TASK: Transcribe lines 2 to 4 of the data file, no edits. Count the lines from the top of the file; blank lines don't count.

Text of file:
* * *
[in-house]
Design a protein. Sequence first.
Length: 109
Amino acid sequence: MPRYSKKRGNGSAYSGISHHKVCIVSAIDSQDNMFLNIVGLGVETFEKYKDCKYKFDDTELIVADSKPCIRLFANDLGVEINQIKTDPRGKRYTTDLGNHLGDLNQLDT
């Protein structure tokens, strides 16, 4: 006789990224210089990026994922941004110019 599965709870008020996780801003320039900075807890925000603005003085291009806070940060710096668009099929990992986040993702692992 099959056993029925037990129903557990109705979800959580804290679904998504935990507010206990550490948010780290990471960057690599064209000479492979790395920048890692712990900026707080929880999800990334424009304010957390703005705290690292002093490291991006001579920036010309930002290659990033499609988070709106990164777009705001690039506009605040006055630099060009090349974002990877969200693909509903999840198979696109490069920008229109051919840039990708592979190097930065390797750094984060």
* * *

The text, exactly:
Design a protein. Sequence first.
Length: 109
Amino acid sequence: MPRYSKKRGNGSAYSGISHHKVCIVSAIDSQDNMFLNIVGLGVETFEKYKDCKYKFDDTELIVADSKPCIRLFANDLGVEINQIKTDPRGKRYTTDLGNHLGDLNQLDT